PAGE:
‘That was the day’ – FFfAW (69th challenge)

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This week’s photo prompt is provided by phylor.

         They’d been cooped up inside the hotel all day so when the rain finally stopped, both were desperate to escape; Dana to soak up the sights of this fabulous city and Jack to send yet another text message.
After a few minutes of ambling, the pair came across a park, its trees and shrubs glistening from the earlier rainstorm.
‘Wow, Jack. Look!’ cried Dana as she spotted an exquisite cherubic statue shining in the dazzle of the late afternoon sun. The armless child was gazing heavenward, a beatific smile etched on the poor mite’s face.
‘Who on earth could have done this?’ murmured Dana as she spotted the arms lying nearby.  She picked one up and slipped on a string of brightly coloured beads that she’d bought at a flea market earlier in the week.
‘That’s better,’ she said and took a step back to admire her handiwork.
‘Sentimental old fool,’ muttered Jack, who’d been pinging text message after text message while puffing petulantly on a rolled up cigarette.
Dana stared at him. He’d barely said a word all holiday so how dare he make fun of her now. She opened her mouth to say so but before she could, a pigeon swooped down and landed on his head. But Jack was so absorbed in texting that he didn’t even notice.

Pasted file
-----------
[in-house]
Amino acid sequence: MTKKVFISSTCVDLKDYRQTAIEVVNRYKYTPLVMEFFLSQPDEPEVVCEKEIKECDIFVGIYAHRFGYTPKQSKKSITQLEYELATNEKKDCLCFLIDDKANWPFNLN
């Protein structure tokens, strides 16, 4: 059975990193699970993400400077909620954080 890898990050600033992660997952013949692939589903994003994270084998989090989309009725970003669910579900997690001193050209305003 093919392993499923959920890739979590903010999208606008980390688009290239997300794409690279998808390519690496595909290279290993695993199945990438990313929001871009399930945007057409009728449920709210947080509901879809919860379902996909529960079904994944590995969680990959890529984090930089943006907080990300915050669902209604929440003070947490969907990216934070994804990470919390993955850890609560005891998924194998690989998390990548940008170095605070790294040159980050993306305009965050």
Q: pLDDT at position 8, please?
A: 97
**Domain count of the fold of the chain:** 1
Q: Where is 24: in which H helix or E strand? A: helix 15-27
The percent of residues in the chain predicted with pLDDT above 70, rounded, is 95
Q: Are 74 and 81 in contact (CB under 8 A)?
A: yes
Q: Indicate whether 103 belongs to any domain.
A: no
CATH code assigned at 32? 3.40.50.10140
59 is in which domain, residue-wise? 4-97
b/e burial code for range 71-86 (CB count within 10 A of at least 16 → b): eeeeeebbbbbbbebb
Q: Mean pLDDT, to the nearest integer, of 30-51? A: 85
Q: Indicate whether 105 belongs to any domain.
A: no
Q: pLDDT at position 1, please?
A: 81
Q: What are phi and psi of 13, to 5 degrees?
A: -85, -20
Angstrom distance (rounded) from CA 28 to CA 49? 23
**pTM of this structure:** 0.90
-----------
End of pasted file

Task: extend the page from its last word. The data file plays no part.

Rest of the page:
‘Jack,’ said Dana. ‘Jack.’
But Jack carried on texting and when he eventually raised his head and said, ‘what?’                                                                                                                                                            Dana quietly replied, ‘It doesn’t matter.’
So that was the day that Jack wandered obliviously around Paris with pigeon poo all over his head and that was the day that Dana finally decided to leave him.

This post was written for Flash Fiction for Aspiring Writers

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‘Moving mural’ – FFfAW (65th challenge)

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This week’s photo prompt is provided by S. Writings.

The festival tickets were 200 each. Car rental 300.                                                   ‘Only 100 each if we split it,’ said Anna.
‘I agree,’ said Jane. ‘Imagine how cool we’ll look, driving there in that!’
The car she had her eye on was a moving mural, covered with bright images of bridges, houses and exquisite birds, and two against one, I had to agree.
On the day of the festival, we donned trilbies, sunnies and maxi dresses and headed off, basking in the admiring comments that accompanied us there.
‘Funky car.’ ‘Cool motor.’ ‘Love your style!’
‘See, told you!’ said Jane. ‘It was well worth the money.’
We parked up and took out the tent, but two hours later when the sun had set and the bands were playing, we were still putting up the tent, while our previous admirers ambled past sniggering.
‘Not so cool now, are we?’ I said.

This post was written for Flash Fiction for Aspiring Writers

‘Man on the Cliff’ – FFfAW (64th challenge)

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This week’s photo prompt is provided by momtheobscure. 

Man on the Cliff

‘Mum, there’s a man on the cliff; a big man.’

‘Quiet, love. I’m reading.’

‘But there is. Look.’

Anna glanced upwards, squinting as the sun caught her eye. But all she could see was a cliff.

‘Go and play, Max. I just want to finish this chapter.’